According to the European Commission, three million migrants who are fleeing war ravaged and poverty stricken areas of Africa were expected to enter the EU by 2017, a development likely to have a marginal positive impact on the economy of the continent.
Syria accounts for 53 per cent of the migrants and is followed by Afghanistan with 18 per cent while Iraq, which is placed third accounts for six per cent.
Most of the migrants from these countries are fleeing the war in their countries but the story of Eritrea who accounts for five per cent of migrants and that of Nigeria which is three per cent can be put down to poverty, conflicts and abuses.
EU economic commissioner Pierre Moscovici believes that the influx of migrants could boost gross domestic product by 0.2 to 0.3 percent.
He said the “weak but positive” economic effect of the migrants could help offset growing hostility towards them.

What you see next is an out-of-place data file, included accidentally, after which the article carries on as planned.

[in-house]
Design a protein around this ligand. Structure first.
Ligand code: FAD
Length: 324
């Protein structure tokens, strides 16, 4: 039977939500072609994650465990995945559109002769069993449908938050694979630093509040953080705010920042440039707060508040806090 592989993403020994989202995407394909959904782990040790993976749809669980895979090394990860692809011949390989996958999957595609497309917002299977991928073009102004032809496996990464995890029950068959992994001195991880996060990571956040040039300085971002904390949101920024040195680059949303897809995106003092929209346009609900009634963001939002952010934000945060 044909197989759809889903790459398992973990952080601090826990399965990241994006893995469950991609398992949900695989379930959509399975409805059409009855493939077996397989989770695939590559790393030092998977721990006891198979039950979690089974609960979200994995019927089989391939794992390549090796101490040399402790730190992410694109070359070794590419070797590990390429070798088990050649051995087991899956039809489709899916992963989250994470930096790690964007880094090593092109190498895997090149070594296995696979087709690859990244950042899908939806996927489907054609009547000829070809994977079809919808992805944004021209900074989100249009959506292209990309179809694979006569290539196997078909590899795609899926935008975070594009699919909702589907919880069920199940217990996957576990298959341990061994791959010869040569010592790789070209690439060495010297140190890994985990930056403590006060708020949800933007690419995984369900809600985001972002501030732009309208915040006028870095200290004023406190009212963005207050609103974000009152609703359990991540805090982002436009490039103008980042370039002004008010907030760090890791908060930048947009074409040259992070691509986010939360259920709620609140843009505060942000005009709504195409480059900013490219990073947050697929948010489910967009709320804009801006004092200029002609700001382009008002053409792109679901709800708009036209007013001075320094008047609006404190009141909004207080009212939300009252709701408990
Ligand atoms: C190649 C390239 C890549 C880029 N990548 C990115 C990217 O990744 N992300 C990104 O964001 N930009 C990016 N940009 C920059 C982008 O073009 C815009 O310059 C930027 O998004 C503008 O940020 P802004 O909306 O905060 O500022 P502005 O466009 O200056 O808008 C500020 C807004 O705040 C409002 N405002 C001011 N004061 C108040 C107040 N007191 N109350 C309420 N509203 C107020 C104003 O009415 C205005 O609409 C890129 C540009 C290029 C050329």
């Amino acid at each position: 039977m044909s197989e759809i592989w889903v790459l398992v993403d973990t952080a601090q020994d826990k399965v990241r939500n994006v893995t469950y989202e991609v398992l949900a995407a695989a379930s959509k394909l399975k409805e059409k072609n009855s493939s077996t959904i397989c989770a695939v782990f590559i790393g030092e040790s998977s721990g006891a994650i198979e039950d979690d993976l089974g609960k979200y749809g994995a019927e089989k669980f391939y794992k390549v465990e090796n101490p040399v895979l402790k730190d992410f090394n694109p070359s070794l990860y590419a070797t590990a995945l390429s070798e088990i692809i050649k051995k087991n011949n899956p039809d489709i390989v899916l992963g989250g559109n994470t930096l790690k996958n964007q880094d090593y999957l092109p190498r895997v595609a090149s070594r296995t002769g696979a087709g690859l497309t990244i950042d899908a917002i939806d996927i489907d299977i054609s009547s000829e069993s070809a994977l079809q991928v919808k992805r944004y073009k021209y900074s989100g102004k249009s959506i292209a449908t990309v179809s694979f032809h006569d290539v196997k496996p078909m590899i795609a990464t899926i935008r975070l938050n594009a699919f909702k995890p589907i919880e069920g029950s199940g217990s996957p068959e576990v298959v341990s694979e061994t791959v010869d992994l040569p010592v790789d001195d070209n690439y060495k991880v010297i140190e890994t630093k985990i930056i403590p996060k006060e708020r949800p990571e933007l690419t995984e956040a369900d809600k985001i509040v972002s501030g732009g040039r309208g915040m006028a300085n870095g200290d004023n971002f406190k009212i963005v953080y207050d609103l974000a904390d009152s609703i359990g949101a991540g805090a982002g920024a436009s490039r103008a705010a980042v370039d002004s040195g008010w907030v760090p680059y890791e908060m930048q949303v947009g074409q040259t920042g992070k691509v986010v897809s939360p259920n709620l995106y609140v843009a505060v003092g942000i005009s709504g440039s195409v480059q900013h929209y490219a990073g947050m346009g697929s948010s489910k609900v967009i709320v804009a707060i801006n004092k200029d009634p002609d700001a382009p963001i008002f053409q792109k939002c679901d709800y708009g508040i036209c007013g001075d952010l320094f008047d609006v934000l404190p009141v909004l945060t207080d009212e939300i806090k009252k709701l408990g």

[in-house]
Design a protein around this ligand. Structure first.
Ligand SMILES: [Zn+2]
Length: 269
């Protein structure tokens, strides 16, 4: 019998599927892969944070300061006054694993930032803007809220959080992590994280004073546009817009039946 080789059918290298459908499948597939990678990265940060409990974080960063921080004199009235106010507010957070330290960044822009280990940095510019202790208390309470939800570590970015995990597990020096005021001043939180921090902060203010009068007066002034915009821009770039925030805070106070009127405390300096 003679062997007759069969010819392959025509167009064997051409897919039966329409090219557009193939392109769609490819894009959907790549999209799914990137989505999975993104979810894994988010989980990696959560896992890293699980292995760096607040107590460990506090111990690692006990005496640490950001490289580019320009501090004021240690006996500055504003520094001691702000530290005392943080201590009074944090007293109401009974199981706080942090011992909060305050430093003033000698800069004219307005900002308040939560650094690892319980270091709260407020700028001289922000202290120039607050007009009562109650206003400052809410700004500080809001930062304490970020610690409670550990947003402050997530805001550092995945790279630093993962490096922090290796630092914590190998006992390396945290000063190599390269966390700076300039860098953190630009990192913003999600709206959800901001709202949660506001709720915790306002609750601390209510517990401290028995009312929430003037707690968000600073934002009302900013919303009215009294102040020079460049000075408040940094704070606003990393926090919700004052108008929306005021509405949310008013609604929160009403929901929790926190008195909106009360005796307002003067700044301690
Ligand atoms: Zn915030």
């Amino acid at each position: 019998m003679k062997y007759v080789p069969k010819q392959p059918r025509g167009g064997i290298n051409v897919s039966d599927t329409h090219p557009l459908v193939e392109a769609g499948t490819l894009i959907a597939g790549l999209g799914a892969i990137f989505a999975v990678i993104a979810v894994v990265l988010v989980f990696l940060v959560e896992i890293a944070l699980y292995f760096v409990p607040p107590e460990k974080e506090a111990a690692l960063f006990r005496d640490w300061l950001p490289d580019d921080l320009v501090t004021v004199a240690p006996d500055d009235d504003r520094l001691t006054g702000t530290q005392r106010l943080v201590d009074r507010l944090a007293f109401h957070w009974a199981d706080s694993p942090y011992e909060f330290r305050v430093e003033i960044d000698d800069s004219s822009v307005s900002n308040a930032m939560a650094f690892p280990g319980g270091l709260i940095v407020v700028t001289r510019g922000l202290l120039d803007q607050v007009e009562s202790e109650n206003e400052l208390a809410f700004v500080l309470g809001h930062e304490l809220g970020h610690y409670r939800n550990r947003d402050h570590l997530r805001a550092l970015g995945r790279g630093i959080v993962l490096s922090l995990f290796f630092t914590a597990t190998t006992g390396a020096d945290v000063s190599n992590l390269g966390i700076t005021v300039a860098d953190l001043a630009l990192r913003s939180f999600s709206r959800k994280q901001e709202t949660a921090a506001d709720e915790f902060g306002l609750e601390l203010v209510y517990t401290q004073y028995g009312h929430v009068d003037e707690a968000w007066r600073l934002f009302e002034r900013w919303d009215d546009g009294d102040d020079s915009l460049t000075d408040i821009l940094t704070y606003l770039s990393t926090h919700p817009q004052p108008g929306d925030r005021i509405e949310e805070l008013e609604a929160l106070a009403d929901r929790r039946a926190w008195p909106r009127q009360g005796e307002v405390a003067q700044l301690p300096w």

“It means you can’t say the influx of refugees is likely to have a negative impact or kicking people out of the labour market,” Moscovici said, unveiling the Commission’s autumn economic forecast.
“That will combat a certain number of received ideas and backs the politics of President (Jean-Claude) Juncker,” who has pushed for the EU to do more to help them.
The Commission, the executive arm of the 28-nation European Union, said it expected one million migrant arrivals in 2015, soaring to 1.5 million in 2016 then decreasing to half a million in 2017.
UN refugee officials say more than 750,000 migrants have arrived in the EU by sea this year, up from 282,000 in total in 2014.
The vast majority have arrived in Greece (608,000), which has become the most common destination. Some 140,000 have arrived in Italy in 2015.
Most of the migrants head for Germany, hoping to get asylum there. German officials say their country is likely to host at least 800,000 new migrants this year, and the total could reach 1.5 million.
By Pita Ochai